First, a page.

By Maximilian Popp
Millions of Muslims around the world idolize Turkish preacher Fethullah Gülen, who likes to present himself as the Gandhi of Islam. His Gülen movement runs schools in 140 countries and promotes interfaith dialogue. But former members describe it as a sect, and some believe the secretive organization is conspiring to expand its power in Turkey.
The girl is singing a little off-key, but the audience is still wildly enthusiastic. She is singing a Turkish song, although her intonation sounds German. The room is decorated with balloons, garlands in the German national colors of black, red and gold, and crescent moons in the Turkish colors of red and white. Members of the audience are waving German and Turkish flags.
The Academy cultural association is hosting the preliminaries of the “Cultural Olympics” in a large lecture hall at Berlin’s Technical University. Thousands of people have come to watch the talent contest. They applaud loudly when a choir from the German-Turkish Tüdesb school sings “My Little Green Cactus.” And they listen attentively when a female student recites a poem, while images of women holding children in their arms appear on the screen behind her. The poem is called “Anne,” the Turkish word for “mother.” The name of the poem’s author, Fethullah Gülen, appears on the screen for a moment.
Everyone in the auditorium knows who Gülen is. Millions of Muslims around the world idolize Gülen, who was born in Turkey in 1941 and is one of the most influential preachers of Islam today. His followers have founded schools in 140 countries, a bank, media companies, hospitals, an insurance company and a university.
The cultural association hosting the contest at the Berlin university is also part of the Gülen movement. Hence it isn’t surprising that many participants attend Gülen schools, that companies associated with Gülen are sponsoring the cultural Olympics, and that media outlets with ties to Gülen are reporting on it.
The images from the evening show Germans and Turks learning from one another, making music together, dancing and clapping. The obvious intent is to emphasize the peaceful coexistence of different religions. “We are the first movement in the history of mankind that is completely and utterly devoted to charity,” says Mustafa Yesil, a Gülen confidant in Istanbul.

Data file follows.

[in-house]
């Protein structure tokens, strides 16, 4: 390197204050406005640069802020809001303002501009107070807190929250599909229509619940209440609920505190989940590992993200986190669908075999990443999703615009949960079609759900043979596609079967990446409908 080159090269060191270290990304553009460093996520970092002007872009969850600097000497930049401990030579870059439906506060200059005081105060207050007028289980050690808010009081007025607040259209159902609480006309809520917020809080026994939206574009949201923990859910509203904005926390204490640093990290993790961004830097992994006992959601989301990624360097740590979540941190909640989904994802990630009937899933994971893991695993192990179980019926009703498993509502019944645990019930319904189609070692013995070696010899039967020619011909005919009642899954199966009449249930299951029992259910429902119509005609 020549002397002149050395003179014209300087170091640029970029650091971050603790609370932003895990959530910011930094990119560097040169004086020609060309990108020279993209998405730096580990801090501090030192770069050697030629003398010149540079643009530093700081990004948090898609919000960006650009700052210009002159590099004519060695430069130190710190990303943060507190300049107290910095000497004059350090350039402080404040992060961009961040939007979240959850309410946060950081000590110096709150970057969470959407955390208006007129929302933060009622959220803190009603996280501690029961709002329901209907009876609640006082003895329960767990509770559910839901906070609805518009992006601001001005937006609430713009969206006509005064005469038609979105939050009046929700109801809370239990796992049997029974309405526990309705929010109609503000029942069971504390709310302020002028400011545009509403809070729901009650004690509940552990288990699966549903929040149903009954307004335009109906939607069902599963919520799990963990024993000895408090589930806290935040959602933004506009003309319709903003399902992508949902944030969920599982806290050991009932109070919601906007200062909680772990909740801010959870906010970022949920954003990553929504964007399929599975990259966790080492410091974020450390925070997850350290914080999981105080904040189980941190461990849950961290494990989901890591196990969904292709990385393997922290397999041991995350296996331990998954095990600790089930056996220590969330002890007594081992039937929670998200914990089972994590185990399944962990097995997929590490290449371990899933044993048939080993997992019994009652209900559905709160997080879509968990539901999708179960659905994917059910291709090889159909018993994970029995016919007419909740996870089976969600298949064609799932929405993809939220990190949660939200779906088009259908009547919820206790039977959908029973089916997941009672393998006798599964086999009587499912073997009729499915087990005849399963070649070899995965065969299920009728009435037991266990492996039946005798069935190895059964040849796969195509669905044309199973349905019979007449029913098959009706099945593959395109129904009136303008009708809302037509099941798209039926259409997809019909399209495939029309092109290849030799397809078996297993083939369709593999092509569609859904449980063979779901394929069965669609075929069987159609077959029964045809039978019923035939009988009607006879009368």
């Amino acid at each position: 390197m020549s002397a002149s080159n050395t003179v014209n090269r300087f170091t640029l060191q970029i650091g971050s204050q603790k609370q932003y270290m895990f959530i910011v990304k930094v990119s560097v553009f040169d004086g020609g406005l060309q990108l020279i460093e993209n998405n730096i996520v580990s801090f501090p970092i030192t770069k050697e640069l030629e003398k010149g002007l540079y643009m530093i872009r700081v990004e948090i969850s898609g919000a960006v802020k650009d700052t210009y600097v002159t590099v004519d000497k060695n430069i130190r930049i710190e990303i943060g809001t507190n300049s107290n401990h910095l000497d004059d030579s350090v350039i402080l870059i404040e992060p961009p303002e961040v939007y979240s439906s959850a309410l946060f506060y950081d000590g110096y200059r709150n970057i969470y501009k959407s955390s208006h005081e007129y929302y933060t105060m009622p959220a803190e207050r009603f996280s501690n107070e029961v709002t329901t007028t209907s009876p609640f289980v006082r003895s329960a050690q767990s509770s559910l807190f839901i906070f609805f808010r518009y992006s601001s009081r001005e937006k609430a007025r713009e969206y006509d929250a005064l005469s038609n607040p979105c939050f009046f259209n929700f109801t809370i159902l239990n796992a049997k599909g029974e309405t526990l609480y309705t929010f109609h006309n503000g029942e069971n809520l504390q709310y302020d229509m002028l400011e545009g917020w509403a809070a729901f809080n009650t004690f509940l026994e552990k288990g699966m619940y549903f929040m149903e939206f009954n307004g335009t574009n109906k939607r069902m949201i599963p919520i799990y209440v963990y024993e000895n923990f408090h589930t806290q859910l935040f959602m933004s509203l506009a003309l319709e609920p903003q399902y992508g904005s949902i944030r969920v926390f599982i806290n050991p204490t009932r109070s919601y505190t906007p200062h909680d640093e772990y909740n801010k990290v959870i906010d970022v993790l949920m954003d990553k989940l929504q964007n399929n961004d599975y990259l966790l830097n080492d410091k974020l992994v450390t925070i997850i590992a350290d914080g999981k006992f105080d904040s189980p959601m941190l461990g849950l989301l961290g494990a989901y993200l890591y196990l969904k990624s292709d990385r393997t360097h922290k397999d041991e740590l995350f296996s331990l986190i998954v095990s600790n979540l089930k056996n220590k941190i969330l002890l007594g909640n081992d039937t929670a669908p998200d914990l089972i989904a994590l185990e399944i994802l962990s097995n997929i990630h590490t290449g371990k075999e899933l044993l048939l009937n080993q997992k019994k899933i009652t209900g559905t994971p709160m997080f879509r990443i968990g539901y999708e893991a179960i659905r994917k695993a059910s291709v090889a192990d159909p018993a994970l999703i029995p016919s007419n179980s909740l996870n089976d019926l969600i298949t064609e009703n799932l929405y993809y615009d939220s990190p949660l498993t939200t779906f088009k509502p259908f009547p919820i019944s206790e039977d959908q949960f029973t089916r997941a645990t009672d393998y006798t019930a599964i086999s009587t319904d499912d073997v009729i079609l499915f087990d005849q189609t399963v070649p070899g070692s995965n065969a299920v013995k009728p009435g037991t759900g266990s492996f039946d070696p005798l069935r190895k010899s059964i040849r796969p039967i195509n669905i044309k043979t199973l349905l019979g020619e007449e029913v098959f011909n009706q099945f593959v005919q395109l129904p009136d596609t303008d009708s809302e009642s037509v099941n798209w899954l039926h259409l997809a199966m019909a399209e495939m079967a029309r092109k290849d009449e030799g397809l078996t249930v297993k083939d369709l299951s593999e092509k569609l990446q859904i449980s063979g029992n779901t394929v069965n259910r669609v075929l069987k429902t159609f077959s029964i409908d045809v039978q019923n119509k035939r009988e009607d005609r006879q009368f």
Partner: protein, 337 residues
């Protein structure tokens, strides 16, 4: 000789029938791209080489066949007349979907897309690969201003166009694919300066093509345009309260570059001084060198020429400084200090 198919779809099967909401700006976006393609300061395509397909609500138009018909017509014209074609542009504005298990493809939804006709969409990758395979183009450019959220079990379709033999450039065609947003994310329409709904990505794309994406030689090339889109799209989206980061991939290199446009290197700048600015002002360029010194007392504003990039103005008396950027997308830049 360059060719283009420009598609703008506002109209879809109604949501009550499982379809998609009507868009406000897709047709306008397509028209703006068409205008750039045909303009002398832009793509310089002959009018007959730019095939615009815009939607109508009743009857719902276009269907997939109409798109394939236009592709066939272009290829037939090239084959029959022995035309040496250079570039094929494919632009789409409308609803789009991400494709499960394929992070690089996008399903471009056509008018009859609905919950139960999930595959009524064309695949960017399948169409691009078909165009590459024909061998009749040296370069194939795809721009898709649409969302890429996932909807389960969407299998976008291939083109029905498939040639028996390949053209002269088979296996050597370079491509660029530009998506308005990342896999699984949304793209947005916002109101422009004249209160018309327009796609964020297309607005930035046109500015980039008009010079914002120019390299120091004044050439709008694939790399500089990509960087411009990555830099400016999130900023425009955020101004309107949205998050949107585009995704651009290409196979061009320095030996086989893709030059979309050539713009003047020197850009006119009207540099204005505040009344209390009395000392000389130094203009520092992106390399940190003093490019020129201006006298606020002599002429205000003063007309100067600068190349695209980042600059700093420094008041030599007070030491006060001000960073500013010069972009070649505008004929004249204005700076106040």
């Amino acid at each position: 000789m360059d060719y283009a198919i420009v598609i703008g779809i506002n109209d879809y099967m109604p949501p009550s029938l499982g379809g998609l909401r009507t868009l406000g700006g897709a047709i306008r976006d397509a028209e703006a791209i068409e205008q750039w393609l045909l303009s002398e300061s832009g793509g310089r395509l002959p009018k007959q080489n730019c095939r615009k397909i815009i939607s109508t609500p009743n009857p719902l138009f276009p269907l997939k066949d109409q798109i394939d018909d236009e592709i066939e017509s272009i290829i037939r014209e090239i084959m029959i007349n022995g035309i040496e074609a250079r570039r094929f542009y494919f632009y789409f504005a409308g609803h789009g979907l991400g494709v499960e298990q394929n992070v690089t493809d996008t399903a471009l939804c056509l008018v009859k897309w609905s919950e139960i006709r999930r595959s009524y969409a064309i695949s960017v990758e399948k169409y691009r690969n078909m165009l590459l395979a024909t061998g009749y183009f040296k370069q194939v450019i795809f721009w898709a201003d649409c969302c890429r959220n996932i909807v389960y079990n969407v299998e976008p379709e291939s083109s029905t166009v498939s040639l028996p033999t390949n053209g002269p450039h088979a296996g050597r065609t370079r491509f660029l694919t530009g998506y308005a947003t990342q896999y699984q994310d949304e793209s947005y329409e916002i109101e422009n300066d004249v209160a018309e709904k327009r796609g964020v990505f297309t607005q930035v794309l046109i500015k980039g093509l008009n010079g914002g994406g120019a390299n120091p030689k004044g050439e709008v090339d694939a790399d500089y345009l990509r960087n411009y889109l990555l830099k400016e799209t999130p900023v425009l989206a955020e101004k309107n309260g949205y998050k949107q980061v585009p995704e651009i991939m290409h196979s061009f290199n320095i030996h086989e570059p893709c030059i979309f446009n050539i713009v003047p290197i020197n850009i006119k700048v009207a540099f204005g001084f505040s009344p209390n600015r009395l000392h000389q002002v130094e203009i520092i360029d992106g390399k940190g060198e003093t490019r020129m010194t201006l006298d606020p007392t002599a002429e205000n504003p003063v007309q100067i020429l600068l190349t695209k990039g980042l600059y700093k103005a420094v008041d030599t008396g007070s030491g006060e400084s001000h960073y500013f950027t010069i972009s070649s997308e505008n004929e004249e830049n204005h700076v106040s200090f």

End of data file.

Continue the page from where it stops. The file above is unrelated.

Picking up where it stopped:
A Sect Like Scientology
People who have broken ties to Gülen and are familiar with the inner workings of this community tell a different story. They characterize the movement as an ultraconservative secret society, a sect not unlike the Church of Scientology. And they describe a world that has nothing to do with the pleasant images from the cultural Olympics.
These critics say that the religious community (known as the “cemaat” in Turkish) educates its future leaders throughout the world in so-called “houses of light,” a mixture of a shared student residence and a Koran school. They describe Gülen as their guru, an ideologue who tolerates no dissent, and who is only interested in power and influence, not understanding and tolerance. They say that he dreams of a new age in which Islam will dominate the West.
Some experts reach similar conclusions. Dutch sociologist Martin van Bruinessen sees parallels between the Gülen movement and the Catholic secret society Opus Dei. American historian and Middle East expert Michael Rubin likens the Turkish preacher to Iranian revolutionary leader Ayatollah Khomeini. According to a diplomatic cable obtained by WikiLeaks in 2010, US diplomats consider the Gülen movement to be “Turkey’s most powerful Islamist grouping.” The Gülen movement, the cable continues, “controls major business, trade, and publishing activities (and) has deeply penetrated the political scene.”
Only very few former members are prepared to talk about their time in the movement, and those who do insist on not being identified by name. They are afraid of Gülen and his people, afraid for their jobs, their health and their families.
Like in Prison
One of these former members, who agreed to speak with SPIEGEL under a fictitious name, is Serkan Öz, who lived in a “house of light” in a major German city for several years. He moved into the facility immediately after graduating from a German high school. He had been attracted by Gülen’s sermons, which he saw on the Internet, because he felt that they reconciled Islamic piety with Western modernity.
Both the furnishings and everyday life in the residence, says Öz, were more evocative of the frugality and rigidity of a monastery than the relaxed atmosphere of a student dormitory. There were only men living in his house, and both alcohol and visits by women were prohibited. A supervisor, who all residents referred to as “Agabey” (“elder brother”), determined the daily routine, dictating when it was time to work, pray and sleep. “We were guarded as if we were in prison,” says the former member. Öz read the Koran and studied Gülen’s writings every day.